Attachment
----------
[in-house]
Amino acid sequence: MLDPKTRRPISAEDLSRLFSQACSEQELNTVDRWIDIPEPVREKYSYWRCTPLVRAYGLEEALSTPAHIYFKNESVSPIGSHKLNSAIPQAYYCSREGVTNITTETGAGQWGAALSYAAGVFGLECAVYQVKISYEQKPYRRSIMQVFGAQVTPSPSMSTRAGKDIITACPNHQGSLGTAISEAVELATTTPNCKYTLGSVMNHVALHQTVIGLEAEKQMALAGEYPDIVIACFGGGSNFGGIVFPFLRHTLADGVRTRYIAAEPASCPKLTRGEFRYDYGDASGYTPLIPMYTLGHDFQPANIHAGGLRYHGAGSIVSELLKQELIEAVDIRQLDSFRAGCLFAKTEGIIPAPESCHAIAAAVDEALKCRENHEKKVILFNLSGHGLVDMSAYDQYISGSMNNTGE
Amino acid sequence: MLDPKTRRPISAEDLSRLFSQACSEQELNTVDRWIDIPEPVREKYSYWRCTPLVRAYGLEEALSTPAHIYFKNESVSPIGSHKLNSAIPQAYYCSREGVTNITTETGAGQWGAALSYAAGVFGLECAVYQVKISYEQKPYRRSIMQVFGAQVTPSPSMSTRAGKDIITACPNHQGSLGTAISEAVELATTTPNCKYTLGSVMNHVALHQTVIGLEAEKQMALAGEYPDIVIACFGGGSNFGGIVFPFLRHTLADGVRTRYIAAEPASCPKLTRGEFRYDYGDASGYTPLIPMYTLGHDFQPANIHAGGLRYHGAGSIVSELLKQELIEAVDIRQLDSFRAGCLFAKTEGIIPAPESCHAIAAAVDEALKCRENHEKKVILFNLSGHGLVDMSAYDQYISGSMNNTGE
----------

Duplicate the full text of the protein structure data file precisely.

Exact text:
[in-house]
Amino acid sequence: MLDPKTRRPISAEDLSRLFSQACSEQELNTVDRWIDIPEPVREKYSYWRCTPLVRAYGLEEALSTPAHIYFKNESVSPIGSHKLNSAIPQAYYCSREGVTNITTETGAGQWGAALSYAAGVFGLECAVYQVKISYEQKPYRRSIMQVFGAQVTPSPSMSTRAGKDIITACPNHQGSLGTAISEAVELATTTPNCKYTLGSVMNHVALHQTVIGLEAEKQMALAGEYPDIVIACFGGGSNFGGIVFPFLRHTLADGVRTRYIAAEPASCPKLTRGEFRYDYGDASGYTPLIPMYTLGHDFQPANIHAGGLRYHGAGSIVSELLKQELIEAVDIRQLDSFRAGCLFAKTEGIIPAPESCHAIAAAVDEALKCRENHEKKVILFNLSGHGLVDMSAYDQYISGSMNNTGE
Amino acid sequence: MLDPKTRRPISAEDLSRLFSQACSEQELNTVDRWIDIPEPVREKYSYWRCTPLVRAYGLEEALSTPAHIYFKNESVSPIGSHKLNSAIPQAYYCSREGVTNITTETGAGQWGAALSYAAGVFGLECAVYQVKISYEQKPYRRSIMQVFGAQVTPSPSMSTRAGKDIITACPNHQGSLGTAISEAVELATTTPNCKYTLGSVMNHVALHQTVIGLEAEKQMALAGEYPDIVIACFGGGSNFGGIVFPFLRHTLADGVRTRYIAAEPASCPKLTRGEFRYDYGDASGYTPLIPMYTLGHDFQPANIHAGGLRYHGAGSIVSELLKQELIEAVDIRQLDSFRAGCLFAKTEGIIPAPESCHAIAAAVDEALKCRENHEKKVILFNLSGHGLVDMSAYDQYISGSMNNTGE